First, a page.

Kanab, Utah is one of my favorite towns in the American Southwest. Located just a few miles north of the Arizona state line, the population numbers only 4,000, which gives Kanab a small-town, “Mayberry RFD,” feel. Unlike Andy Griffith’s hometown, however, Kanab sits in red rock country and is nearly surrounded by multi-colored cliffs of limestone and sandstone. It also lies within the so-called “Grand Circle,” where you can find the nearby attractions of Bryce Canyon National Park, the Grand Canyon (North Rim), Zion National Park, and Lake Powell. In Kanab itself you can find the largest wildlife animal sanctuary in the country, the Best Friends Animal Society.
We are currently on a combined business and vacation trip in Utah. Last night we decided to stop and boondock on public land a little north of town on BLM 106, a partially paved and gravel covered road that roughly runs parallel with Highway 89. This location, which is administered by the Kanab BLM Field Office, is just a few miles north of the Moqui Cave and a few miles east of the Coral Pink Sand Dunes State Park. The road is hard to find and is best done by locating the Peakaboo Trailhead so be on the lookout for signs to that trailhead. The area along BLM 106 is very quiet, though windy at times, and incredibly picturesque. At our campsite at 6,000 ft we are parked on a carpet of coral pink sand and surrounded by a forest of pinyon pines. There were only three other RVs that boondocked here last night and the closest one was more than two miles away.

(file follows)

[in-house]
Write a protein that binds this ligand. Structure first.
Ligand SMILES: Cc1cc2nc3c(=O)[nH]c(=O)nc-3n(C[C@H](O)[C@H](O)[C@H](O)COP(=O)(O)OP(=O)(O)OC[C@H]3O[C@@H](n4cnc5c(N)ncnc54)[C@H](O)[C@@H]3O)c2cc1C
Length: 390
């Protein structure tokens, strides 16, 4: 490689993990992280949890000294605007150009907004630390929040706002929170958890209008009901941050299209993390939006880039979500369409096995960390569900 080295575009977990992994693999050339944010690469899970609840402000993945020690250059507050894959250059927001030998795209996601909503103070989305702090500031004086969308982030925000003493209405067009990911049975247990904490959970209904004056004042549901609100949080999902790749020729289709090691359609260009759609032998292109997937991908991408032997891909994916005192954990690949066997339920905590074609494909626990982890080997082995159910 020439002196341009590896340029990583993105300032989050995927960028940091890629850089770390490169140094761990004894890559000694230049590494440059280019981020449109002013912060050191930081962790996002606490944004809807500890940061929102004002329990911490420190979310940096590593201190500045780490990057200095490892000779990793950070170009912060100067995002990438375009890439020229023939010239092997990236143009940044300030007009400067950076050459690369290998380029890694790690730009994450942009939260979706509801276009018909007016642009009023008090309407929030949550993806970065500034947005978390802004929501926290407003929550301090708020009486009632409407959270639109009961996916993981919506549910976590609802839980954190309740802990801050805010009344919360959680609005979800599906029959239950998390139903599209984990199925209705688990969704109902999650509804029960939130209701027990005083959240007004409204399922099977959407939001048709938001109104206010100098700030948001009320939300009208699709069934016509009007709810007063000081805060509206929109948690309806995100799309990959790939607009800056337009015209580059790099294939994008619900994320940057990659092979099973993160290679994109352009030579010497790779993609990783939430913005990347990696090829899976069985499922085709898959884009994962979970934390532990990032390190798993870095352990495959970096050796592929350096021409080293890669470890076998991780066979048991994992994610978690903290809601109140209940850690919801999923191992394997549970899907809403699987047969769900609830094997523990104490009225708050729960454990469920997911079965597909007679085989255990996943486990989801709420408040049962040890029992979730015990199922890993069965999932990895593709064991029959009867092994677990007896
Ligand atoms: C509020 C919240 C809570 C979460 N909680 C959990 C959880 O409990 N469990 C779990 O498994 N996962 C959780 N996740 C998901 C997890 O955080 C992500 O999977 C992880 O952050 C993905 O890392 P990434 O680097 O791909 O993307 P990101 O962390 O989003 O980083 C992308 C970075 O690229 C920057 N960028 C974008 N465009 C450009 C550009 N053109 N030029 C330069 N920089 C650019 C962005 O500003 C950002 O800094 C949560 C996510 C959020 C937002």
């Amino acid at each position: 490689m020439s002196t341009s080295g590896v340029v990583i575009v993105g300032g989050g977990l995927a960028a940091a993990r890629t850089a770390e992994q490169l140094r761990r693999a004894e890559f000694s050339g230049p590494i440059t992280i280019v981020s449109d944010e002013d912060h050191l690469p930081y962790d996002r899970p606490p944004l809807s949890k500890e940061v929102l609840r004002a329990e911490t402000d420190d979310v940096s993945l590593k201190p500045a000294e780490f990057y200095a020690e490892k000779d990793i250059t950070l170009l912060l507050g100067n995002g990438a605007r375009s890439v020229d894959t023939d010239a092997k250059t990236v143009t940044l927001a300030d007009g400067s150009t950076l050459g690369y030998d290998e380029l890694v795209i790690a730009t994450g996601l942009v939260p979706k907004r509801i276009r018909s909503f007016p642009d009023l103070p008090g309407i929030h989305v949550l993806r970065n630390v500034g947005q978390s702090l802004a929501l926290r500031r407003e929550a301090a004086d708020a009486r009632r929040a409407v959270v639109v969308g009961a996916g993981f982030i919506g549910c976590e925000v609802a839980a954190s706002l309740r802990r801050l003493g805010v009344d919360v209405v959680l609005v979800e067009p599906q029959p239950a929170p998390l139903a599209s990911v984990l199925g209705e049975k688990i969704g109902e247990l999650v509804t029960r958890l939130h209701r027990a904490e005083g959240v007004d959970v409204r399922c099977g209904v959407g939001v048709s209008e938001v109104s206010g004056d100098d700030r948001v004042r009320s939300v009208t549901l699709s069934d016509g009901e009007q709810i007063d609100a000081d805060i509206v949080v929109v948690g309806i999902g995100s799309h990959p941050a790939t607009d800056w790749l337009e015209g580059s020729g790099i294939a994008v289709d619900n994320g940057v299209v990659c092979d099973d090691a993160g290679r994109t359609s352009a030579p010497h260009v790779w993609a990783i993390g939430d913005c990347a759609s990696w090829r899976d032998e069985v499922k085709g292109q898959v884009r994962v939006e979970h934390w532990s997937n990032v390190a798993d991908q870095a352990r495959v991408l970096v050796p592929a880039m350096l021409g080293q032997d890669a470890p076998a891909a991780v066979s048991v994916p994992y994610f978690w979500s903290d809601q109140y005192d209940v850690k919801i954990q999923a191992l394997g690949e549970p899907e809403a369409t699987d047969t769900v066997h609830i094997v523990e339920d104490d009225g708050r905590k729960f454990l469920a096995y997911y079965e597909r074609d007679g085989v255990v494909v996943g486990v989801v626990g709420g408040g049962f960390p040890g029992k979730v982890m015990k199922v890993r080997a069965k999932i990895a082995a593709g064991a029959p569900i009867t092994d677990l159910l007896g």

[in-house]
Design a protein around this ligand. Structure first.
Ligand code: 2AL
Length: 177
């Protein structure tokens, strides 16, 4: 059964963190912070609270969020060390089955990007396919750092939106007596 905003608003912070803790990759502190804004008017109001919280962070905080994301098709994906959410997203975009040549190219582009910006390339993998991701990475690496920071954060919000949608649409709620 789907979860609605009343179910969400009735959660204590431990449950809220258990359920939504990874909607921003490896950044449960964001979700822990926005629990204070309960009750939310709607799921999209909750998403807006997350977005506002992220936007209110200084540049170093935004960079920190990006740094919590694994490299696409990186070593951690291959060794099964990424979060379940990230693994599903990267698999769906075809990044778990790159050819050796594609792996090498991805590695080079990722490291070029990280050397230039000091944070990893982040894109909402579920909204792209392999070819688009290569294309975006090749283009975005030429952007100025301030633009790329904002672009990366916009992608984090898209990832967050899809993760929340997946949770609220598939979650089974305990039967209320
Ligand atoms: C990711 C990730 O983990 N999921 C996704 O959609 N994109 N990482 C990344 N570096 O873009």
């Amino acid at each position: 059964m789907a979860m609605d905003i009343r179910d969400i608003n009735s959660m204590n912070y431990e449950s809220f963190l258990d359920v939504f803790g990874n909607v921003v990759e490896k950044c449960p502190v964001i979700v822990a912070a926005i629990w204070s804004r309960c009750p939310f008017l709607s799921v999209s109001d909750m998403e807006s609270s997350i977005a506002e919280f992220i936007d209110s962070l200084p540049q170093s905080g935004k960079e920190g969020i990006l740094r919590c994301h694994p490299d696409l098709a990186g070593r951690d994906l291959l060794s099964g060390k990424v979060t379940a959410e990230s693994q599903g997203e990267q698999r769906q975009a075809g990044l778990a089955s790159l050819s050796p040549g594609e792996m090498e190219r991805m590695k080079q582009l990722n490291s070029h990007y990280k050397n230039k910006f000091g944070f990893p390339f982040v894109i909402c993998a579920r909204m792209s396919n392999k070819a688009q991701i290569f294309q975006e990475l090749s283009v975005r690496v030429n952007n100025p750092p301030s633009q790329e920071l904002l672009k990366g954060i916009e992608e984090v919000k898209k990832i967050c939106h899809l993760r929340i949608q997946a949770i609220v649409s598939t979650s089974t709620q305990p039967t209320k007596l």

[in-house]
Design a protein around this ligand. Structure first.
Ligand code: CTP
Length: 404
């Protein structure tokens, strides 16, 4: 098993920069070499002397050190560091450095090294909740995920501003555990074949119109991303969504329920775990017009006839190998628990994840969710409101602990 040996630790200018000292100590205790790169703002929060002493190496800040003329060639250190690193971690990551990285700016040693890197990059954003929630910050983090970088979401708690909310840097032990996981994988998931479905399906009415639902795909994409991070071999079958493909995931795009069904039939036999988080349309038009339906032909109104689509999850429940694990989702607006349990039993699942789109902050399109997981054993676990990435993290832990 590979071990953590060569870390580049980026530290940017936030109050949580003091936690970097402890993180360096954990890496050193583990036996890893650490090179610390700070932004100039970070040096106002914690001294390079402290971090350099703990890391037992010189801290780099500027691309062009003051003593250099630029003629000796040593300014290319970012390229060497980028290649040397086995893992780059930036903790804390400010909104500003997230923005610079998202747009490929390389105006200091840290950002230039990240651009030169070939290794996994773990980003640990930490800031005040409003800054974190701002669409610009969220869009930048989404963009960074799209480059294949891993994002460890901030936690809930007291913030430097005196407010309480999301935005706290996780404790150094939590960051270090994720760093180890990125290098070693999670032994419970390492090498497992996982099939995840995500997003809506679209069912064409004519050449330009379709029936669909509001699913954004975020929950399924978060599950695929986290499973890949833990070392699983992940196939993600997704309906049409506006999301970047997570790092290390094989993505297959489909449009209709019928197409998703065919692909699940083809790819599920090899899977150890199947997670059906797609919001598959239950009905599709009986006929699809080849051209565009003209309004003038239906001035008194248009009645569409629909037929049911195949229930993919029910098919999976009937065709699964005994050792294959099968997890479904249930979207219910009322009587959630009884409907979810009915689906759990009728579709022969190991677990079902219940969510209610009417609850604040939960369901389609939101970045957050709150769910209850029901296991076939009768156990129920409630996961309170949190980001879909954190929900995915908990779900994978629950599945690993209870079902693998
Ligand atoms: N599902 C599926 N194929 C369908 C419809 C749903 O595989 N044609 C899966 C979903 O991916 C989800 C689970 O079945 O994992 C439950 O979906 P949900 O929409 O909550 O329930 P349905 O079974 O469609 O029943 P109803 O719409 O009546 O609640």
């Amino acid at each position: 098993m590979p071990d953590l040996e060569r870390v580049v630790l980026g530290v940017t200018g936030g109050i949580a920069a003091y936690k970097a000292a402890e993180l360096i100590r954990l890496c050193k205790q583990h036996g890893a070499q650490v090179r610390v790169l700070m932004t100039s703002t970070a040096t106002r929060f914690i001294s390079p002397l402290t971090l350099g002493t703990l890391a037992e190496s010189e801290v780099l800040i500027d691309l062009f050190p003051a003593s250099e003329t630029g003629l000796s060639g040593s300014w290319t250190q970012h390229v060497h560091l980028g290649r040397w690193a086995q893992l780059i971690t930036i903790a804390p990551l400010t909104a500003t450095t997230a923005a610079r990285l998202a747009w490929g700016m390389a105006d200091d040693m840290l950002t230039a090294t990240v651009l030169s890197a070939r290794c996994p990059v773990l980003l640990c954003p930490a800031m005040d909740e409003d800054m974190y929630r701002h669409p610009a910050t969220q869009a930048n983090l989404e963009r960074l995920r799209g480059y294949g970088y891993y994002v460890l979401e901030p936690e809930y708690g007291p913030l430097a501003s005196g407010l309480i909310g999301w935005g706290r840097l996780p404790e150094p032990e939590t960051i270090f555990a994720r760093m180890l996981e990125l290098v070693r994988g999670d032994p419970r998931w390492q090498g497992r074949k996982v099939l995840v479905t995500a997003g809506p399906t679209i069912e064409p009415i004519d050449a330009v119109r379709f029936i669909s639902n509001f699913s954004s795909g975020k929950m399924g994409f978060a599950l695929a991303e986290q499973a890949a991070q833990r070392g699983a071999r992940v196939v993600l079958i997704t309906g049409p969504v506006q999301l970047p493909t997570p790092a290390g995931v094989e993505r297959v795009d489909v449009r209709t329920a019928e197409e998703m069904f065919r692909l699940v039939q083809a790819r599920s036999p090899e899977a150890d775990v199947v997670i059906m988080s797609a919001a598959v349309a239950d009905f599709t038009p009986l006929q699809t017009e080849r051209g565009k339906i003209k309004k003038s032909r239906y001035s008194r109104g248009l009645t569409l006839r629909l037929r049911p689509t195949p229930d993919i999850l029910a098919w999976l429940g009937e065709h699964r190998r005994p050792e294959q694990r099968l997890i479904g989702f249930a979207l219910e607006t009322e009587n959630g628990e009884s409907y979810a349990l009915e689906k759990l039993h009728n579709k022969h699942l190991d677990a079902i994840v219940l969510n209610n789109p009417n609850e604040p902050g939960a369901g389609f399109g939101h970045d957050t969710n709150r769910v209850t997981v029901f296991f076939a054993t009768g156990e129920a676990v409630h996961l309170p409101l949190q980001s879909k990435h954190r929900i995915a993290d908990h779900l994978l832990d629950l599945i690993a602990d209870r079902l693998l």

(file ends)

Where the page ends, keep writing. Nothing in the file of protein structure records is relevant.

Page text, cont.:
BLM 106 (Old Highway 89) looking north.
Our campsite near sunset.
Our campsite looking north at sunrise.
View from our back window.
For those who need phone and Internet access, like myself, you can get anywhere between 2 to 4 bars of cell service through AT&T in this area. Temperatures ranged from a low of 40 to a high of 67, not too bad for early April. So if you’re passing through Kanab and need a place stay for a night or two, or even a week, this area might be worth checking out.
Mello Mike is an Arizona native, author, and the founder of Truck Camper Adventure. He's been RV'ing since 2002, is a certified RVIA Level 1 RV Technician, and has restored several Airstream travel trailers. A communications expert and licensed ham radio operator (KK7TCA), he retired from the U.S. Navy in 2004 as a CWO3 after 24 years, holds a BS degree, and now runs Truck Camper Adventure full-time. He also does some RV consulting, repairs, and inspections on the side. He currently rolls in a 4WD Ram 3500 outfitted with a SherpTek truck bed with a Bundutec Roadrunner mounted on top.
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